Bandera Grassland Grass Fed Texas Bred
Better Beef. Better for You.
Nutritional Comparison
3 oz. Cooked
Serving of:
Beef, Composite Retail Cuts* Pork, Composite Retail Cuts* Lamb, Domestic Retail Cuts* Veal, Composite Retail Cuts* Buffalo Chicken, Broilers or Fryers, Meat & Skin Turkey, All Classes, Meat & Skin> Salmon, Sockeye Texas Longhorn Beef**
Calories (kcal) 259 232 250 196 111 203 177 183 142
Protein (g) 22.0 23.4 20.8 25.5 22.8 23.2 23.8 23.2 27.0
Fat (g) 18.3 14.6 17.8 9.6 1.5 11.6 8.3 9.3 3.7
Cholesterol (mg) 74.8 77.3 82.4 96.9 51.8 74.8> 69.7 74 31.0

SOURCE: USDA National Nutrient Database For Standard Reference, Release 16, 2003. separable lean and fat Quanta Lab, San Antonio - nutritional analysis, July 2003. Average of 3 oz. boneless eye of round steak, cooked, and 3 oz. Boneless New York strip steak, cooked.

Grazing LonghornsGrassfed beef contains higher levels of Omega-3 Fatty Acid, Conjugated Linoleic Acid (CLA), Beta-Carotene and Vitamin E, than their grain-fed counterparts. All of these nutrients are believed to benefit the body’s defenses against cancer and cardiovascular disease.

Omega-3 Fatty Acids “good fats” are essential for brain function and help prevent mental disorders. Your cardiovascular system is equally dependant on Omega-3’s to regulate blood pressure and heart rhythms. Omega-3’s are believed to reduce the amount of linoleic acid that tumors withdraw from the blood stream, denying them a much-needed nutrient through competitive uptake. Omega-3’s also compete with Omega-6’s for enzymes needed for creation of cancer promoting metabolites, make cancer cells more vulnerable to free-radical attack and promote self-destruction of cancer cells. Omega-3’s are found in plant leaves (60% is alpha-linolenic acid “LNA”). Omega-6’s are present in plant seeds and are high in linoleic acid. High amounts of Omega-6’s have been linked with higher risk of obesity, diabetes, cancer and immune disorders such as asthma and arthritis. Feeding cattle grain diminishes the supply of Omega-3 Fatty Acids in their muscle tissue and replaces them with an overabundance of Omega-6 Fatty Acids.

Conjugated linoleic acid and alpha-linolenic acid are “good,” Linoleic acid is “bad” in overabundance. Studies suggest that a diet containing roughly equal amounts of Omega-3 and Omega-6 Essential Fatty Acids lowers the risk of cancer, cardiovascular disease, autoimmune disorders, allergies, obesity, diabetes, dementia, and various other mental disorders. “Good for you" oils include cod liver oil; fish oil from wild-caught fish in mercury, PCB and lead-free waters; flaxseed oil; olive oil; coconut oil; palm kernel oil; butter fat from grassfed animals; duck and goose fat from wild or pastured birds; beef and mutton tallow from pastured animals and lard from pastured pork.

Oils high in Omega-6 that should be used in limited amounts include: peanut oil, sesame oil, safflower oil, corn oil, sunflower oil and cottonseed oil.

Grazing LonghornsOils to be avoided include:

  1. Canola oil because it contains erucic acid that in some circumstances is associated with fibrotic heart lesions and it creates a deficiency of Vitamin E.
  2. Soybean oil because it contains high levels of phytic acid which reduces assimilation of calcium, magnesium, copper, iron and zinc. This can cause growth problems in children. Soy also contains trypsin inhibitors that interfere with protein digestion and may cause pancreatic disorders. Soy also contains phytoestrogens that disrupt endocrine function and have potential to cause infertility and promote breast cancer in adult women. They also can cause hypothyroidism in adults. Infant consumption of soy formula has been linked to autoimmune thyroid disease. Soy increases the body's need for Vitamins B12 and D and processing of soy protein results in the formation of toxic lysinoalanine and highly carcinogenic nitrosamines. Free glutamic acid or MSG, a neurotoxin, is formed during soy food processing and these foods also contain high levels of aluminum which is toxic to the nervous system and kidneys.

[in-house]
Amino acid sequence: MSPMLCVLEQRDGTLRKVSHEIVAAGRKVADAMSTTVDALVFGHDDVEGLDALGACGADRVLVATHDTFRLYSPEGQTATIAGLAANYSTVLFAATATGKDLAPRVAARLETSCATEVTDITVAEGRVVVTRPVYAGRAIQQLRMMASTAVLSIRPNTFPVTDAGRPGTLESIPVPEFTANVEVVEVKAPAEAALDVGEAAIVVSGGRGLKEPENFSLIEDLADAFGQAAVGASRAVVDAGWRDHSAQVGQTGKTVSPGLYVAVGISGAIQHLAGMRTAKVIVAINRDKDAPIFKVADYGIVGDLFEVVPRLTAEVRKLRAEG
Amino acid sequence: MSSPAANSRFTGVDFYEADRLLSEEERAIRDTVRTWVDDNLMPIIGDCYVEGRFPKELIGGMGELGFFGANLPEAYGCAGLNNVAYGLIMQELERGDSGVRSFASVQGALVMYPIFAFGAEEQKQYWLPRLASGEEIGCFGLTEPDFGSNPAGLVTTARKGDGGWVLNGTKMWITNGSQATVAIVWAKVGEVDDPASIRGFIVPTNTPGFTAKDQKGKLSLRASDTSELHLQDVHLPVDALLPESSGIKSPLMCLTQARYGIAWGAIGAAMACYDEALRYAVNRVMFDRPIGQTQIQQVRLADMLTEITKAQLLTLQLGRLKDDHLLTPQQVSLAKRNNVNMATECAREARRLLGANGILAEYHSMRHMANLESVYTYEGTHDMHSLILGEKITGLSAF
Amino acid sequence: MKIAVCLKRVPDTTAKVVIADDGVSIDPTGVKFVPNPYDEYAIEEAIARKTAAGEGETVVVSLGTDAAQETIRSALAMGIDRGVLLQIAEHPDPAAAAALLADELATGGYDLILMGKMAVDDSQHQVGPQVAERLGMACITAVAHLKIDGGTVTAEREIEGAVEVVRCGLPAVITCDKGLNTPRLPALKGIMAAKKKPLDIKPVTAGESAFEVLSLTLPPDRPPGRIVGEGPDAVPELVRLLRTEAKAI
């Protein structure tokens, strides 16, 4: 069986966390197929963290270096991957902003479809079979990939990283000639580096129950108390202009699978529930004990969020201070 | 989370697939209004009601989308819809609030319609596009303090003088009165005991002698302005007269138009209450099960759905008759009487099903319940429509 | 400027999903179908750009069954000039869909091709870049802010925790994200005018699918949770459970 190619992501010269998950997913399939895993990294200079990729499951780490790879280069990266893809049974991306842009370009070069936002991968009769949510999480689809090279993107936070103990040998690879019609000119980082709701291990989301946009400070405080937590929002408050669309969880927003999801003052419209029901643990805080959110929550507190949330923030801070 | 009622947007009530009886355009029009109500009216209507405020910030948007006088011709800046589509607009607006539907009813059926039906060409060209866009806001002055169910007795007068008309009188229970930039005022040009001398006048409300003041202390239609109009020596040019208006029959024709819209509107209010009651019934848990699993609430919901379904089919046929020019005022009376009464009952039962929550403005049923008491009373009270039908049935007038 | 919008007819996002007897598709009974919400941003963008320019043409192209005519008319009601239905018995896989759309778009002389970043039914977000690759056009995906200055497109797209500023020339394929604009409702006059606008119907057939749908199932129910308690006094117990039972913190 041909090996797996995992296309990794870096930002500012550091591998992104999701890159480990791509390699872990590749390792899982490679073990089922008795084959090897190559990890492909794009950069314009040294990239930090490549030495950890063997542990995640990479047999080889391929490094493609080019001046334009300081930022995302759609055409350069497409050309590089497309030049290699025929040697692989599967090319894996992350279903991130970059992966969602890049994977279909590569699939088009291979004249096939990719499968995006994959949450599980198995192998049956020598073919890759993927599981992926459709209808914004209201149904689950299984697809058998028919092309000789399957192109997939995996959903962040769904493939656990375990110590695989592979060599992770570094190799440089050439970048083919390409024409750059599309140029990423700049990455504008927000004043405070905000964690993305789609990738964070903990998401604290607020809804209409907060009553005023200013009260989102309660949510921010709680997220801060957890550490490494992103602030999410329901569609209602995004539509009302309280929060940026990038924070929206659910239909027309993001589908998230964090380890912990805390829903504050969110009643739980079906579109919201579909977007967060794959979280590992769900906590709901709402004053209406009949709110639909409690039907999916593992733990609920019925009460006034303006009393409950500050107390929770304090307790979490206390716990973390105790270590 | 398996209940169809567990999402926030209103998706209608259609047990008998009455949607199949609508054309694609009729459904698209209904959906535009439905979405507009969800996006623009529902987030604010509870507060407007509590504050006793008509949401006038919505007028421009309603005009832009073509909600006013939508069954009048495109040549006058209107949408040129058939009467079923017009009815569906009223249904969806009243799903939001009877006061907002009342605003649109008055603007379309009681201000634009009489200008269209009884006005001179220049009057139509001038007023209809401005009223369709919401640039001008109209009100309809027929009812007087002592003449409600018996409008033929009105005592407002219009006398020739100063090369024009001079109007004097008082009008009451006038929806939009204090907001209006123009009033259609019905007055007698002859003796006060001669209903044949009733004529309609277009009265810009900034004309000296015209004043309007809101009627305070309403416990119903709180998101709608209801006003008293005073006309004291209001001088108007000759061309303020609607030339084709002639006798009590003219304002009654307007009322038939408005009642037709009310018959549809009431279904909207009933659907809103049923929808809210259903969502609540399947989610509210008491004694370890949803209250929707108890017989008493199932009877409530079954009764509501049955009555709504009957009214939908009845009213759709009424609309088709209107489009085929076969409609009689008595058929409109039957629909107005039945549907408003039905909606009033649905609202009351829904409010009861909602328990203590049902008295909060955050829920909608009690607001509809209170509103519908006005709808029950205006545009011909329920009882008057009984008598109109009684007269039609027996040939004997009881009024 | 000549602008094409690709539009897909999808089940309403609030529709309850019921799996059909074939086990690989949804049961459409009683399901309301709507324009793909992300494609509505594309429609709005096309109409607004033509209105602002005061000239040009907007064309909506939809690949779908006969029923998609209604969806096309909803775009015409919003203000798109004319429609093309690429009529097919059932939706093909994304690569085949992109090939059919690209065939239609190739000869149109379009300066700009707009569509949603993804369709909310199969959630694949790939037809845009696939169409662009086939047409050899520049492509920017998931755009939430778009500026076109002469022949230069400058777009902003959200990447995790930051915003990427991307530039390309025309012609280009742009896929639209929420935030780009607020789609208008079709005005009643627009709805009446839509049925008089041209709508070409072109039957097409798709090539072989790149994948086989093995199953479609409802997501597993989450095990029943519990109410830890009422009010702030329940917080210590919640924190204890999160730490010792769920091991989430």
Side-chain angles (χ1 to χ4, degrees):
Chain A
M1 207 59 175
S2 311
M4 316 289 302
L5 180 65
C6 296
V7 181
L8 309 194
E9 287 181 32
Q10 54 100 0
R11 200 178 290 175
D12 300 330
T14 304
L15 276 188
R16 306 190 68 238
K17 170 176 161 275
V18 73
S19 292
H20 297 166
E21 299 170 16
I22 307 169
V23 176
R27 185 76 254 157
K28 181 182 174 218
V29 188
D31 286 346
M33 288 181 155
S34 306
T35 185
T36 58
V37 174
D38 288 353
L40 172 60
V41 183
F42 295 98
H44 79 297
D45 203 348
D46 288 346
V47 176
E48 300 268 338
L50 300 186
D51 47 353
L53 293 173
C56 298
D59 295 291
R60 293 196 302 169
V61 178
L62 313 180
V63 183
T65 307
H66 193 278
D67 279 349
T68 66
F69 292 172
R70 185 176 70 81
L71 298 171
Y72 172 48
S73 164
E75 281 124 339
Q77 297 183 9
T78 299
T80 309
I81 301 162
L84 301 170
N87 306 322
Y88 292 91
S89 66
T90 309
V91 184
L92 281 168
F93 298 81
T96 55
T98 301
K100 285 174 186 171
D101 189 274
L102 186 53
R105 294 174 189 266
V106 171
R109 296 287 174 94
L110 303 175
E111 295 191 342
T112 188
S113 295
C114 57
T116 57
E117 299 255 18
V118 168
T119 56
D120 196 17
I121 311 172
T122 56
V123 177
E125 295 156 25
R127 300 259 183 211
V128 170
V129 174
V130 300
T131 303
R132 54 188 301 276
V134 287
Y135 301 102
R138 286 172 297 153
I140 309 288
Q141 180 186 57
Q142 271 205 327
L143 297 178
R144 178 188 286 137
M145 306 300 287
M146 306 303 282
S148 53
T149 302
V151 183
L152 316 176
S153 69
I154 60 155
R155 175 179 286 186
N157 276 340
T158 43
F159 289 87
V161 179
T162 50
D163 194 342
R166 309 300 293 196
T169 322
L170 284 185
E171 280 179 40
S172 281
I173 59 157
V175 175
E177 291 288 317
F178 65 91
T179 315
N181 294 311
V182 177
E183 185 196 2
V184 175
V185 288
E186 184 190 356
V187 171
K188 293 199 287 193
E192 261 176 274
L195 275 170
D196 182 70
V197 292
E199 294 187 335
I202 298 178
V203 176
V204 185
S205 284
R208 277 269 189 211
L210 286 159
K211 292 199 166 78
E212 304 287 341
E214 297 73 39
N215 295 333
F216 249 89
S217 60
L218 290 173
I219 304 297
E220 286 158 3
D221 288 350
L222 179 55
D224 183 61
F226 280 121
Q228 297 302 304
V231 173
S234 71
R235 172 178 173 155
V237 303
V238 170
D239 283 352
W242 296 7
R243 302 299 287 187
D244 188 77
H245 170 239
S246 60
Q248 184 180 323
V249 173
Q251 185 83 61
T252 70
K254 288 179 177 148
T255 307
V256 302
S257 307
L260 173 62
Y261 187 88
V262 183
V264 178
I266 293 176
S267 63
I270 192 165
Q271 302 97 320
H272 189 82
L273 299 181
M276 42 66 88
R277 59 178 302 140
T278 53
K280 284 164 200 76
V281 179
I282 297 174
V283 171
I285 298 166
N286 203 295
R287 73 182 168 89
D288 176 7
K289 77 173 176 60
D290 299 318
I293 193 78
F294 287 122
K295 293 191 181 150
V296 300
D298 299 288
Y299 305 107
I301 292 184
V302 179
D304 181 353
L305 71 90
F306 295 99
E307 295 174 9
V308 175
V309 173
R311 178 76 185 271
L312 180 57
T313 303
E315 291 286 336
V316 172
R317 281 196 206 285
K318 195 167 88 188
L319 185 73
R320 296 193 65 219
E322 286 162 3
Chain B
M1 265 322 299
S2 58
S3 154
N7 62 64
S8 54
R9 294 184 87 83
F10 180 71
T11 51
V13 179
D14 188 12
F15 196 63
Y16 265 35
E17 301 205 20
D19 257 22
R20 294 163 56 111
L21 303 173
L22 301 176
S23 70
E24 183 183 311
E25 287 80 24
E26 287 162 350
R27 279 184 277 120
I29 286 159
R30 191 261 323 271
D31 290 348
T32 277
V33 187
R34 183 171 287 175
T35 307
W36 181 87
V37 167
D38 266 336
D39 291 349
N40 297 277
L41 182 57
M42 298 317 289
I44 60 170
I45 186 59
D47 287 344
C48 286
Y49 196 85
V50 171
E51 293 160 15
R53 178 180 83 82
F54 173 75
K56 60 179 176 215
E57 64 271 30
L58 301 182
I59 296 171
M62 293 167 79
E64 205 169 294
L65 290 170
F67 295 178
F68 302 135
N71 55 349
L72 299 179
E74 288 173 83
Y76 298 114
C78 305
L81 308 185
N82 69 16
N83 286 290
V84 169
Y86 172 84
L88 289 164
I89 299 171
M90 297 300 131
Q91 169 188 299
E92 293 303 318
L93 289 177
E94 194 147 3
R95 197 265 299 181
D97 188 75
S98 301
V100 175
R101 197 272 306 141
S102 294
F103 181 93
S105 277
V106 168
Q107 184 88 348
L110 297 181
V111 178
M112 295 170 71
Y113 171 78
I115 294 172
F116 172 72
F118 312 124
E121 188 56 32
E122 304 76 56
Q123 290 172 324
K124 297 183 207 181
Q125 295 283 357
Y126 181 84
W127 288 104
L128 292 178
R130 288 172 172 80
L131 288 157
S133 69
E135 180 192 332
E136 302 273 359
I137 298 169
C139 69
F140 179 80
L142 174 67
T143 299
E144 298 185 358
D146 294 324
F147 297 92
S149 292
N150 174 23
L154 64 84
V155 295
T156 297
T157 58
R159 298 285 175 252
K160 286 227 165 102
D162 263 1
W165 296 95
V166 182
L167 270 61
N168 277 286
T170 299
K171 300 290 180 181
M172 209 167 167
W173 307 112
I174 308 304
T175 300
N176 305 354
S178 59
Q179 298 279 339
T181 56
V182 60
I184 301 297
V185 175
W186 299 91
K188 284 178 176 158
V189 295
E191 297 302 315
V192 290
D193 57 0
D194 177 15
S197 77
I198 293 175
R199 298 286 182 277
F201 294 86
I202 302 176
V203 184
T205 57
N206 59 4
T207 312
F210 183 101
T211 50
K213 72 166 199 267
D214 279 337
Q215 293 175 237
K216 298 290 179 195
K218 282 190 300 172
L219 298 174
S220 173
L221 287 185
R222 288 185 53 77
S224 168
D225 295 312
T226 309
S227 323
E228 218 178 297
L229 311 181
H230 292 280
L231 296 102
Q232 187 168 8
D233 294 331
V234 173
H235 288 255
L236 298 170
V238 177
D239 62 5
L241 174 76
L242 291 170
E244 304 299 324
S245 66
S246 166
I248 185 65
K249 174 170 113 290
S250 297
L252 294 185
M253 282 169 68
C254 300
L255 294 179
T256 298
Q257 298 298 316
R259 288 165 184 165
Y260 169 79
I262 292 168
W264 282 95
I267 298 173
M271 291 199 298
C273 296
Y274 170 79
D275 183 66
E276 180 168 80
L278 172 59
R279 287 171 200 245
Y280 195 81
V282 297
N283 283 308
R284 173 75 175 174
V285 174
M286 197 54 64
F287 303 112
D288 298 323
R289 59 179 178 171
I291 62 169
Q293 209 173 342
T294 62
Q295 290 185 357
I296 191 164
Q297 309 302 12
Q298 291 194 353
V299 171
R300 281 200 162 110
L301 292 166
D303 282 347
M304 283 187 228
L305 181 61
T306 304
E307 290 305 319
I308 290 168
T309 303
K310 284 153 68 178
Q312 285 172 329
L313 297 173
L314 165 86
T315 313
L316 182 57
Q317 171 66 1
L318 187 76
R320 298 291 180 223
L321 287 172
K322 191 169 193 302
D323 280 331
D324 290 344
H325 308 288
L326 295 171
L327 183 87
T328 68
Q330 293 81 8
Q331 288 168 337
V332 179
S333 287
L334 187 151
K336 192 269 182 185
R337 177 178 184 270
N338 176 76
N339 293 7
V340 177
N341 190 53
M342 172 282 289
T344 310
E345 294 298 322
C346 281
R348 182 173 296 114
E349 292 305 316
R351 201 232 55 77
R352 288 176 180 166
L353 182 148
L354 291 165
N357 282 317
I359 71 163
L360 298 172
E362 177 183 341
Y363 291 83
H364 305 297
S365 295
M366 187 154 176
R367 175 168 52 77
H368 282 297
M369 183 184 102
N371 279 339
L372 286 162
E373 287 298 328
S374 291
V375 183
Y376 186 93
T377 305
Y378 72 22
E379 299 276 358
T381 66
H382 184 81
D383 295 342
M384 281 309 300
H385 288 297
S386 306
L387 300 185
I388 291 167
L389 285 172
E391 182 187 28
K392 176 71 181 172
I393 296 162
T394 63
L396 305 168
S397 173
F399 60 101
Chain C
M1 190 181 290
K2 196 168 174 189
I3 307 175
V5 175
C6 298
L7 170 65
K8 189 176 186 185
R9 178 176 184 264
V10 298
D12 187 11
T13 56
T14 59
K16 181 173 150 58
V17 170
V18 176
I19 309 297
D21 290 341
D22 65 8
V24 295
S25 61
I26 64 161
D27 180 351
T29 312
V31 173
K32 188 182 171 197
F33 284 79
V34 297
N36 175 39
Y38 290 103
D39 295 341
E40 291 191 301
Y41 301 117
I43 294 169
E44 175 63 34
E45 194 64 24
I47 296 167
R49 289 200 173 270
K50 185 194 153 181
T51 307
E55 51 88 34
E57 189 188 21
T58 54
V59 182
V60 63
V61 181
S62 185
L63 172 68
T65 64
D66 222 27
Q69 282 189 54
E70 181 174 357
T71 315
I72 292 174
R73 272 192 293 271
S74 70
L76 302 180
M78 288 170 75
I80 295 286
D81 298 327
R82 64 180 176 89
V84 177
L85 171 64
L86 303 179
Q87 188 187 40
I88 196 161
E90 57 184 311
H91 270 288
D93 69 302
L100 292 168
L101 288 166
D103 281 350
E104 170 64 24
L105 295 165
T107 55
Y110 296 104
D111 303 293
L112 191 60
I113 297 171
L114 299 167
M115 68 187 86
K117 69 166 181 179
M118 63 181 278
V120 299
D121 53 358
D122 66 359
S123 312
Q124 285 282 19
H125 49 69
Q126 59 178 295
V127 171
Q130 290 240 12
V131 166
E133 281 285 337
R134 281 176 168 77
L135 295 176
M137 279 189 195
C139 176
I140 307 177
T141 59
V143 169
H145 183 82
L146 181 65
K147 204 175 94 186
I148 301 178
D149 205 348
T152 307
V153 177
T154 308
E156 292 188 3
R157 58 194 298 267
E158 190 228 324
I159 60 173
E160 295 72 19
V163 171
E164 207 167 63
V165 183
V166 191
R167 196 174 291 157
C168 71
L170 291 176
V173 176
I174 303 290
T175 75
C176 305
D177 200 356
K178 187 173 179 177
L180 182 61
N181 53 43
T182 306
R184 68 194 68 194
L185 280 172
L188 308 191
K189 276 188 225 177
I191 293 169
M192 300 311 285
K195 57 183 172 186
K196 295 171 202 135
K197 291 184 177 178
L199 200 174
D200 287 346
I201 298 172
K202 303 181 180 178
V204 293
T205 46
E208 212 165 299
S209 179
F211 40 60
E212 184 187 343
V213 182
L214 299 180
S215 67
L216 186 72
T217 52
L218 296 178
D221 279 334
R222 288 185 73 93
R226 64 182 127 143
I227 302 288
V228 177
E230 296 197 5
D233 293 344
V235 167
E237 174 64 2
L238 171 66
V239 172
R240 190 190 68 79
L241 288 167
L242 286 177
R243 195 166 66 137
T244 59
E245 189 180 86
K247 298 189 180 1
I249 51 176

3. Polyunsaturated oils and oils that have been hydrogenated.
CLA is known for its antioxidant qualities. Research shows promise that CLA reduces tumor growth and risk of cancer, obesity, diabetes, and a number of immune disorders. CLA builds in muscle tissue of grassfed animals and is replaced with linoleic acid, a preferred cancer cell food, when animals consume grain.

Beta-Carotene is an antioxidant linked to lower incidence of cancer and cardiovascular disease. It is evident in the yellow color of fat in grassfed animals.

Vitamin E is an antioxidant that protects healthy cells from free radical damage, aiding the body’s defense against cancer and cardiovascular disease.

In the News:
AWA Blog; current issues in the food industry

Sources of information:
Nourishing Traditions by Sally Fallon http://www.westonaprice.org/

Omega Diet by Jo Robinson http://www.eatwild.com/

American Grassfed Association Cattlemens' Longhorn Registry

Additional Information:

15 minute video on the state of our food supply from the perspective of some of today's greatest minds in sustainable agriculture

California State University, Chico College of Agriculture and University of California Cooperative Extension - http://www.csuchico.edu/grassfedbeef/research/Review%20Grassfed%20Beef%202010.pdf

Greener Pastures - How grass-fed beef and milk contribute to healthy eating, Kate Clancy, Union of Concerned Scientists

Article about Eating Local

Grassfed Carbon Footprint

[ Home ] Beef that is as Pure Now as it was back then.
P.O. Box 122, Tarpley, Texas 78883 - (830) 562-3650